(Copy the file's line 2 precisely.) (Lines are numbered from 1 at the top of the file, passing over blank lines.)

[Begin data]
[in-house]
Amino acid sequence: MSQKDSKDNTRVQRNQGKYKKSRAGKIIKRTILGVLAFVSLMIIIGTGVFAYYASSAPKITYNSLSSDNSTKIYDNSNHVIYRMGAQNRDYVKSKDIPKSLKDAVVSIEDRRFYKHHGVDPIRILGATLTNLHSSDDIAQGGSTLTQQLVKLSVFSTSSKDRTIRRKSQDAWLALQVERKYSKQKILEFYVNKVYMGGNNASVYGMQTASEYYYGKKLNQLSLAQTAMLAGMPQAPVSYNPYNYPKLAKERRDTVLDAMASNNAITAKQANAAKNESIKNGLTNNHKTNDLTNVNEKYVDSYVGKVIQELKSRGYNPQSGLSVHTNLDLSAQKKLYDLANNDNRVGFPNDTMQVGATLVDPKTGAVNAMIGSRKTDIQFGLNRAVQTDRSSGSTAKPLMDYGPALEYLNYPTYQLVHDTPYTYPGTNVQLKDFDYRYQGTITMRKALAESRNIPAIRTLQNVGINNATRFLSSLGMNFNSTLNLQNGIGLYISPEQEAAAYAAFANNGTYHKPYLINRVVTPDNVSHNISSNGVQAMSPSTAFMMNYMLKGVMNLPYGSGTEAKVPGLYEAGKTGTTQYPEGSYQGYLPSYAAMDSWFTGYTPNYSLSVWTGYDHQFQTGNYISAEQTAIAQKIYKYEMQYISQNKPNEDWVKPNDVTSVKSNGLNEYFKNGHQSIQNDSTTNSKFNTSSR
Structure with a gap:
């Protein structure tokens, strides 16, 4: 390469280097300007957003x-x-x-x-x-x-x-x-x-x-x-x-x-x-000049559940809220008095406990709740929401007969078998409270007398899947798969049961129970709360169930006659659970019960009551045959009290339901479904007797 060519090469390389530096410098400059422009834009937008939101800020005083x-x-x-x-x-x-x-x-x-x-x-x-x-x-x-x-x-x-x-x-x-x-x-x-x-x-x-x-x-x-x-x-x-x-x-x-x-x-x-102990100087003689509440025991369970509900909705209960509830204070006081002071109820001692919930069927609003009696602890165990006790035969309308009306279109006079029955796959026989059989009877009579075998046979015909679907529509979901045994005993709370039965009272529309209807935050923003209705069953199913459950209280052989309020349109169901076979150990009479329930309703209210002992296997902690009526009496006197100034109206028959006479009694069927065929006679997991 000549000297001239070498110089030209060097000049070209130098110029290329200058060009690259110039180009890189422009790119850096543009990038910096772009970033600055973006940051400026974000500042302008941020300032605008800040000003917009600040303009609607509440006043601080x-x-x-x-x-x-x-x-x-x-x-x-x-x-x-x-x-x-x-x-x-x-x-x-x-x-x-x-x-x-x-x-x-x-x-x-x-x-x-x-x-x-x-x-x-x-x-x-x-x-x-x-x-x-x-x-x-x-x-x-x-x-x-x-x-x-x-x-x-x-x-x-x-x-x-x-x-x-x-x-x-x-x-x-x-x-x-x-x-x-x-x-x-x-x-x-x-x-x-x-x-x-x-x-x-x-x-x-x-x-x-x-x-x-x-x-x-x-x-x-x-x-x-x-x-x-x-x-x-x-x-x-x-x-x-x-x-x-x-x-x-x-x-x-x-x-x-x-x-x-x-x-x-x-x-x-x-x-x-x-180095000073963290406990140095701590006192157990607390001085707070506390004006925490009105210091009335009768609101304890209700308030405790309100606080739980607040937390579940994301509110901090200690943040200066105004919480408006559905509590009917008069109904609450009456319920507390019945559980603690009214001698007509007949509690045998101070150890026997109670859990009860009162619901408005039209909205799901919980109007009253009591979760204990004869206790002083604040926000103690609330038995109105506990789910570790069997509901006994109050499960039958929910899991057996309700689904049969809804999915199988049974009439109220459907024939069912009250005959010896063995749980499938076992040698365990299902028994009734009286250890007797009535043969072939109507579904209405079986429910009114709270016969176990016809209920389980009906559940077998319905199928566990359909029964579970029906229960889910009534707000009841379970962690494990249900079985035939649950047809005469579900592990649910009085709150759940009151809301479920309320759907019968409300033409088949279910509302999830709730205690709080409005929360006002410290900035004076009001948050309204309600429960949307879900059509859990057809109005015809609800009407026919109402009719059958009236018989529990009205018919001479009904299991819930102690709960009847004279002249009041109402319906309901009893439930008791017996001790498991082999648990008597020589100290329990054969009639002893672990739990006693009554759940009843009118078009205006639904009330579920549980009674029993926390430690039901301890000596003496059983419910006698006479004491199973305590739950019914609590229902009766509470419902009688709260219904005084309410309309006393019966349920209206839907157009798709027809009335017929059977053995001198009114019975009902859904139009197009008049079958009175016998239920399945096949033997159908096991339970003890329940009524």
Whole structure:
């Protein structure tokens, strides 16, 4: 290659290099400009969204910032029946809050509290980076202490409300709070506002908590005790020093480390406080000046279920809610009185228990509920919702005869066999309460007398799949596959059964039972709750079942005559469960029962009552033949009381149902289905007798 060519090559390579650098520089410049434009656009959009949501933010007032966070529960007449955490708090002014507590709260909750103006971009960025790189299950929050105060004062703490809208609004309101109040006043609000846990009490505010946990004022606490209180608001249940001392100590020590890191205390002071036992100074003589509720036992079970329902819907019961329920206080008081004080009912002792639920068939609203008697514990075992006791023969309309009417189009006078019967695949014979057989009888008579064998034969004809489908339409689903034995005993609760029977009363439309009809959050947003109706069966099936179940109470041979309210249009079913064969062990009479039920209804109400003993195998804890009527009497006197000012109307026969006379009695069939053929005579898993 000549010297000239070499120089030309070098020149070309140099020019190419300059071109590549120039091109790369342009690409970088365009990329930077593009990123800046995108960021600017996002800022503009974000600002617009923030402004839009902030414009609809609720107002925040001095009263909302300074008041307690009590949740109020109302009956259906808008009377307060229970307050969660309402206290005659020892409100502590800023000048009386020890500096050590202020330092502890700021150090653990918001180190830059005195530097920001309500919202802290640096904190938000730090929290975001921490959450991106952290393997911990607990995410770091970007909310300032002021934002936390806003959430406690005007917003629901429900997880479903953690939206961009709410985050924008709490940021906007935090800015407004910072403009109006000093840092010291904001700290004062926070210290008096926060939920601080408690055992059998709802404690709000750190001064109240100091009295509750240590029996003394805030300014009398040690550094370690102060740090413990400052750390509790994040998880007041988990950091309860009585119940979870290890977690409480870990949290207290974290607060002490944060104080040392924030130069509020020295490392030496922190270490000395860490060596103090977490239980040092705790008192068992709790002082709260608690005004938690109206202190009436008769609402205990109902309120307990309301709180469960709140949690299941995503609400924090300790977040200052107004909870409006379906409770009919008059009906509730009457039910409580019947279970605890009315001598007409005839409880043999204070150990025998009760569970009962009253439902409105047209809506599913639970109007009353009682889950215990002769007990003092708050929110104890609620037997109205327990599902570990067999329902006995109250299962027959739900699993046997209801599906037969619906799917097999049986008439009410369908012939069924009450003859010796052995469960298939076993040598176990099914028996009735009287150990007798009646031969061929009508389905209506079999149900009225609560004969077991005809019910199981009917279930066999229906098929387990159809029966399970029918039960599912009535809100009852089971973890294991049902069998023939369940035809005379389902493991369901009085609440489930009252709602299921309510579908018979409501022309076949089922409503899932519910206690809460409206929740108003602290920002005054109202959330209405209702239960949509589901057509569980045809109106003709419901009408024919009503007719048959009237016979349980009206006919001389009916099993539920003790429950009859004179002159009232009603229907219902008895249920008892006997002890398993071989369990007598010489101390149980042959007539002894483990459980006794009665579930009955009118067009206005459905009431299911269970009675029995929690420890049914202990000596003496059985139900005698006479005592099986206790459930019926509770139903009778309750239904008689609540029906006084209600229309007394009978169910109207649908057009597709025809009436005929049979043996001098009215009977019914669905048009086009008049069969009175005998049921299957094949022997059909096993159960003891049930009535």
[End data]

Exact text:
Amino acid sequence: MSQKDSKDNTRVQRNQGKYKKSRAGKIIKRTILGVLAFVSLMIIIGTGVFAYYASSAPKITYNSLSSDNSTKIYDNSNHVIYRMGAQNRDYVKSKDIPKSLKDAVVSIEDRRFYKHHGVDPIRILGATLTNLHSSDDIAQGGSTLTQQLVKLSVFSTSSKDRTIRRKSQDAWLALQVERKYSKQKILEFYVNKVYMGGNNASVYGMQTASEYYYGKKLNQLSLAQTAMLAGMPQAPVSYNPYNYPKLAKERRDTVLDAMASNNAITAKQANAAKNESIKNGLTNNHKTNDLTNVNEKYVDSYVGKVIQELKSRGYNPQSGLSVHTNLDLSAQKKLYDLANNDNRVGFPNDTMQVGATLVDPKTGAVNAMIGSRKTDIQFGLNRAVQTDRSSGSTAKPLMDYGPALEYLNYPTYQLVHDTPYTYPGTNVQLKDFDYRYQGTITMRKALAESRNIPAIRTLQNVGINNATRFLSSLGMNFNSTLNLQNGIGLYISPEQEAAAYAAFANNGTYHKPYLINRVVTPDNVSHNISSNGVQAMSPSTAFMMNYMLKGVMNLPYGSGTEAKVPGLYEAGKTGTTQYPEGSYQGYLPSYAAMDSWFTGYTPNYSLSVWTGYDHQFQTGNYISAEQTAIAQKIYKYEMQYISQNKPNEDWVKPNDVTSVKSNGLNEYFKNGHQSIQNDSTTNSKFNTSSR